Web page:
Moving is just no fun. It doesn’t matter whether you are doing it yourself or hiring someone to pack and do all the heavy lifting for you, having your life in total disarray for even a short period of time is just maddening. Welcome to my world.
After searching, I finally found a place that will work for me and the birds. Even though I am the only human that will be in occupancy, I have five birds and four are different species which made finding the right space harder than one would think.
Most of my birds do not get along: the cockatiels (Tinky and DeeDee) are terrified of my umbrella cockatoo, Linus, and they cannot be housed in the same room with him. Linus will eat them. I know this and they know this – and for very good reason they are uncomfortable in his presence.
My quaker Libby, is very territorial. She does well sharing a room with other birds, but heaven help anyone who makes the mistake of landing on her cage. Even giant umbrella cockatoo toes aren’t safe from a bite. Libby is fearless and will take on any bird of any size when she is out of her cage. This means that she cannot be around the larger birds ever and must be carefully watched if allowed out with the cockatiels.
Theo, my goffins cockatoo, can share a room with Linus or the smaller birds – she is happy either way. However, she can’t be let out with any of the small birds because she chases them, and, for reasons that are unclear to me, when she sees Linus she immediately wants to breed with him– it is all she can think about. Linus does not hold Theo in the same high esteem and, frankly, gets annoyed with the shameless way she carries on.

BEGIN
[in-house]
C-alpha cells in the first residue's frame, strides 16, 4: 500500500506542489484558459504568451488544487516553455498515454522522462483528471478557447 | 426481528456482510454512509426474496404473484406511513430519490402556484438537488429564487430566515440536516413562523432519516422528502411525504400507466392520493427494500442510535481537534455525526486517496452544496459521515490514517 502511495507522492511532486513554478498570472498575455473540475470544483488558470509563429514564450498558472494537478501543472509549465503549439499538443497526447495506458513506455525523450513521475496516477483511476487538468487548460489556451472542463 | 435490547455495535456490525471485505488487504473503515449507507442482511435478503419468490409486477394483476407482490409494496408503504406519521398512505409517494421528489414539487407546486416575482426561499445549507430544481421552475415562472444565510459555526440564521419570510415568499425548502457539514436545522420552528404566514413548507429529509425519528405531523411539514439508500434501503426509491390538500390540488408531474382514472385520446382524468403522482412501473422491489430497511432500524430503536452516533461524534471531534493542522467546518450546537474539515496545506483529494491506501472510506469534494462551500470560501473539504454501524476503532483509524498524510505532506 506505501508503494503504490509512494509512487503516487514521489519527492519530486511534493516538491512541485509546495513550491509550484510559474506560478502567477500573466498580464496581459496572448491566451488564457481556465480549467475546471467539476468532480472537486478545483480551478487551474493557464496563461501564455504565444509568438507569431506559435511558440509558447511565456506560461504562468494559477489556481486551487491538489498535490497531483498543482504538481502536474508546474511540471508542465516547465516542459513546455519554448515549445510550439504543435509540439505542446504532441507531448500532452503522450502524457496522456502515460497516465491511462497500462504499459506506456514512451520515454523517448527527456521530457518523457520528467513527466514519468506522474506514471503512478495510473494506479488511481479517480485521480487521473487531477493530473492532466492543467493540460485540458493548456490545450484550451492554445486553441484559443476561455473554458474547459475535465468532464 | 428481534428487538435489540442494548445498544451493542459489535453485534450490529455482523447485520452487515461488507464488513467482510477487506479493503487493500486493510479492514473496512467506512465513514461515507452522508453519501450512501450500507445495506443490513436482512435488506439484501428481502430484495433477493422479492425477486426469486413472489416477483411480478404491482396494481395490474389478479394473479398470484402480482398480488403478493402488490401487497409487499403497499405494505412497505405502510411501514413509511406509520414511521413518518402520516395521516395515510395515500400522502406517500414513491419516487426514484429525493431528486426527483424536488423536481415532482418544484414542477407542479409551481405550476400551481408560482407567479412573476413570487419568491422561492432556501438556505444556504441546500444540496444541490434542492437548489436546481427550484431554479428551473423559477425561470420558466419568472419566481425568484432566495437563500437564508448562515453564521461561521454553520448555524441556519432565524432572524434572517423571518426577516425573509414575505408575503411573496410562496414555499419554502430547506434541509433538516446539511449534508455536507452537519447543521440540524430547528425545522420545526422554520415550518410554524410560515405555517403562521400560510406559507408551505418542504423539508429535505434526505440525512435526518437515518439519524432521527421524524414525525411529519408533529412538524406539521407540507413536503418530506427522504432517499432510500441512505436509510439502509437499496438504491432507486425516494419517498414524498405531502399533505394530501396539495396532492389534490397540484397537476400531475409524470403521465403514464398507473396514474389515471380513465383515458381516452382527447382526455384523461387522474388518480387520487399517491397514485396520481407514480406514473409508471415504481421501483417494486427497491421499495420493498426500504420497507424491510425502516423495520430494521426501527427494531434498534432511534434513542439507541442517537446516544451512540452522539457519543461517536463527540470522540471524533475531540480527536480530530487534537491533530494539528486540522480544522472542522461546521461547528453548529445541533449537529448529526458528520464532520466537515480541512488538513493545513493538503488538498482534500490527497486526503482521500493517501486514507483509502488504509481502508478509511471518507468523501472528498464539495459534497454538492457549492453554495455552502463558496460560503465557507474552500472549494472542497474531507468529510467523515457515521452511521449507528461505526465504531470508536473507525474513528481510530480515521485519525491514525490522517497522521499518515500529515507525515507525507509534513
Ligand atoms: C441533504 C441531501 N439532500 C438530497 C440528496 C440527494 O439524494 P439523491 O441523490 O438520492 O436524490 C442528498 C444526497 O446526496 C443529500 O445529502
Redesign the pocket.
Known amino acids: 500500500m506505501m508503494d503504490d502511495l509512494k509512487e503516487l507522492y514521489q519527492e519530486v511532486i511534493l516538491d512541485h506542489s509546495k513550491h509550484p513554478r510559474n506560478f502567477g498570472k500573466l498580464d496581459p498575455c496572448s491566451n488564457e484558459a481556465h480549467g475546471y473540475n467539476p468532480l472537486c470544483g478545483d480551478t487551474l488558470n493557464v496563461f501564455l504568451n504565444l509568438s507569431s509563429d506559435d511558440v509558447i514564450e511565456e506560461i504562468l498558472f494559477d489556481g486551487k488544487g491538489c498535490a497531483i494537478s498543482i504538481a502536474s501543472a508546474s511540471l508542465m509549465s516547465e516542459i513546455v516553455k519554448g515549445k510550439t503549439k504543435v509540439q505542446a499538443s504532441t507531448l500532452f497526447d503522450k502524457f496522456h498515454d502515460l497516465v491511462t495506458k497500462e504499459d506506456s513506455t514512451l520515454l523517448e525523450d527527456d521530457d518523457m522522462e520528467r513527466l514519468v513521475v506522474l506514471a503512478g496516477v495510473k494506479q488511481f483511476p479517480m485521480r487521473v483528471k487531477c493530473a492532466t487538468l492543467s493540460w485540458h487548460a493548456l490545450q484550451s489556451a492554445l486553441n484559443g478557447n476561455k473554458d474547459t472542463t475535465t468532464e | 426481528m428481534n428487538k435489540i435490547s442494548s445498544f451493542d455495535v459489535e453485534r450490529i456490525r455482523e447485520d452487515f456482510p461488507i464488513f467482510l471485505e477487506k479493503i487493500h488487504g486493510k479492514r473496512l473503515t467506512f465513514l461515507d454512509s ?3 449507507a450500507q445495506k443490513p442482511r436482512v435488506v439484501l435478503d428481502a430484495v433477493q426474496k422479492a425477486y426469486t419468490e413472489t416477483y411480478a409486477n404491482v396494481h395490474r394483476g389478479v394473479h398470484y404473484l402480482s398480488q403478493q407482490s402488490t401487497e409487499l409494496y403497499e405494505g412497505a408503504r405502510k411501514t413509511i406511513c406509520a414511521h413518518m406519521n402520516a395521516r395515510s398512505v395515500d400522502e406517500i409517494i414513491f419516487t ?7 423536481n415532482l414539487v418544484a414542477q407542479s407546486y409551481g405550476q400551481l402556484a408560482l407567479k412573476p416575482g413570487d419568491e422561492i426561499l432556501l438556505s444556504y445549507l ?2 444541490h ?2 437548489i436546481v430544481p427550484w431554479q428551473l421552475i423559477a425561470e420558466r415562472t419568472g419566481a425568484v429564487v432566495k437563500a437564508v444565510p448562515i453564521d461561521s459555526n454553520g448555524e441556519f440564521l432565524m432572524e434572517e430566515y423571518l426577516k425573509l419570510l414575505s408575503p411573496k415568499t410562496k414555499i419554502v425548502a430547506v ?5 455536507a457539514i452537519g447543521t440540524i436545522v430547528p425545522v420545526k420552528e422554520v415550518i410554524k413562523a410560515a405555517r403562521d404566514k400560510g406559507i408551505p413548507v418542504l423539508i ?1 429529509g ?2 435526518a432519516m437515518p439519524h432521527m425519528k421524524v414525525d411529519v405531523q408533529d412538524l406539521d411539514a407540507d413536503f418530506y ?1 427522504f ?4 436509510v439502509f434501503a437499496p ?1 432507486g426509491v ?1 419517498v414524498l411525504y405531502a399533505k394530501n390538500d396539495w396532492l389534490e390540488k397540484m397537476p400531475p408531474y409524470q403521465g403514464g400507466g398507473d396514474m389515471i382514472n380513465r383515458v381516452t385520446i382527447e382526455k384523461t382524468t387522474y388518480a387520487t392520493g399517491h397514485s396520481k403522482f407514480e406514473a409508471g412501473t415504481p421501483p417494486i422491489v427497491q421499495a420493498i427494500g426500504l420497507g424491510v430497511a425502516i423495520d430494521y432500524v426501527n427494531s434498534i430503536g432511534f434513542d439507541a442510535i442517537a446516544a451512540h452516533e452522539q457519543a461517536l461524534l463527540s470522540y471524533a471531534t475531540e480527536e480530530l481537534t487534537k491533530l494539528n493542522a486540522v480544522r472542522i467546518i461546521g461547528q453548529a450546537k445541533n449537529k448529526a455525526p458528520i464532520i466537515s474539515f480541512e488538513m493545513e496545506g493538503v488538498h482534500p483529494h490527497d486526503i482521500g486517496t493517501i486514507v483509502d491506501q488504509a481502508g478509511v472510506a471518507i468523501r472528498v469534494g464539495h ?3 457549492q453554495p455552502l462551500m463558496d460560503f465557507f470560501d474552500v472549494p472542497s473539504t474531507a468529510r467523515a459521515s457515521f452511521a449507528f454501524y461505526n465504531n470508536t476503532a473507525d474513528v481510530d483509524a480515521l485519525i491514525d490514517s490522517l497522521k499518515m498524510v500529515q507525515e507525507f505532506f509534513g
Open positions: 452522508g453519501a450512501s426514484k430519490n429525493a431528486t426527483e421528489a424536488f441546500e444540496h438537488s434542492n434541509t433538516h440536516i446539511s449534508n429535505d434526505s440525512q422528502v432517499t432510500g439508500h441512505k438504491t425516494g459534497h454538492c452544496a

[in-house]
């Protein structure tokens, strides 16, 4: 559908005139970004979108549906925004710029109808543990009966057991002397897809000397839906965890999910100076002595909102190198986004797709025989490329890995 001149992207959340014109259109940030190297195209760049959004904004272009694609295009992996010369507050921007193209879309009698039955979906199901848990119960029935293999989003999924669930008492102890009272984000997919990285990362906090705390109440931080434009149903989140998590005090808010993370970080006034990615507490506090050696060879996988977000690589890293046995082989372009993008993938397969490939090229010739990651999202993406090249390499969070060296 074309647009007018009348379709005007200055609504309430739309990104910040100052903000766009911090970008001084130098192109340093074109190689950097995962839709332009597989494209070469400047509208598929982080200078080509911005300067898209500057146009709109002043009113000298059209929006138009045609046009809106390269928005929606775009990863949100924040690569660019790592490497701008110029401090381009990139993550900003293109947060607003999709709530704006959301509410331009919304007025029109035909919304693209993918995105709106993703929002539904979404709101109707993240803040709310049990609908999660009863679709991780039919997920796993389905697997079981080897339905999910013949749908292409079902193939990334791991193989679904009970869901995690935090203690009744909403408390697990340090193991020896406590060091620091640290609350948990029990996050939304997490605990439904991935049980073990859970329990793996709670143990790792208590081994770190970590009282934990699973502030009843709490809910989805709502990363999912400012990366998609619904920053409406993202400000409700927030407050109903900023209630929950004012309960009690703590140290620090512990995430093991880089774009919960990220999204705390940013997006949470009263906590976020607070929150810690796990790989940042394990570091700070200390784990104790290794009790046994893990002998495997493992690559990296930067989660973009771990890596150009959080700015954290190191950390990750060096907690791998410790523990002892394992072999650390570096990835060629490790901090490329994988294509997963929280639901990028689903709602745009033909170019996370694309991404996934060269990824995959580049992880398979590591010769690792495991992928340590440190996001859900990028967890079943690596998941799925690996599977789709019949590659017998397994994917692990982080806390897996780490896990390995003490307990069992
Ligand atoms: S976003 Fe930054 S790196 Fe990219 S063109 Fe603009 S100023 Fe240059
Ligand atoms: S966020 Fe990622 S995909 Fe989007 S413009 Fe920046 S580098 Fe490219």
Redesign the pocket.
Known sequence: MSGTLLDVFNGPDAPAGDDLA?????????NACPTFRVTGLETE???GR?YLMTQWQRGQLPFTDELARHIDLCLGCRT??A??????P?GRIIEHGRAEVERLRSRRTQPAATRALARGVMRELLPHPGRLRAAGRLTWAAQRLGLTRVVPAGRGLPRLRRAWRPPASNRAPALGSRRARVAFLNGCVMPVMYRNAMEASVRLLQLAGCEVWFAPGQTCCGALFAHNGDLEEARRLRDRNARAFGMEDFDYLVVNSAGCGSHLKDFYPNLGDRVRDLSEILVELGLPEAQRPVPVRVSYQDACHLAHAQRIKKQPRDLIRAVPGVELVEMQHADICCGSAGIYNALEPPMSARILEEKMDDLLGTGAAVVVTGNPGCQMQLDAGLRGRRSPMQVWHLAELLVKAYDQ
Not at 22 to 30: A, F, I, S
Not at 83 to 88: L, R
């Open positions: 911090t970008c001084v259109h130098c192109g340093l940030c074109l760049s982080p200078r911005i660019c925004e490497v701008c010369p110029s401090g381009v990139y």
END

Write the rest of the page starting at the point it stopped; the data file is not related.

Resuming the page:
When Linus is let out, he clings to the side of any other bird cages in the room and glares at the occupants within thinking evil thoughts. Should he climb Theo’s cage, or she climb his when she is out, she is so overcome with desire that she disregards danger and leaves her toes vulnerable to him. Awkward.
As it turns out, it is actually Theo that throws the wrench into this machinery. If I keep her cage in the room with the little birds, it would be unsafe to let them out, even with her inside her cage. I could see bloody toes in the future of any bird that landed in the wrong spot.
If she shared a room with Linus, neither could come out. Linus would aggressively climb her cage and Theo is too blinded by love to have the good sense to NOT climb his when she is out.
So, I have concluded that since there are only two rooms that the birds can inhabit, Theo will have a cage in both rooms. The large main cages belonging to both Linus and Theo will be set up in one room. When it is Linus’ turn for out of cage time, Theo will be moved to the room with the smaller birds where she will occupy a second, somewhat smaller cage. When the smaller birds are to enjoy their play time, she will be returned to the other room with Linus where both will remain caged. Problem solved…I hope.
Moving is tough, but when you relocate with parrots the puzzle becomes much more complex. Furniture placement takes a back seat to cage placement and even with finding a place to accommodate their current large cages, mine still managed to need one more. This is the first of many challenges I expect to be faced with as I settle in.
Author Patty Jourgensen specializes in avian health, behavior and nutrition and has been working with and caring for rescue birds since 1987.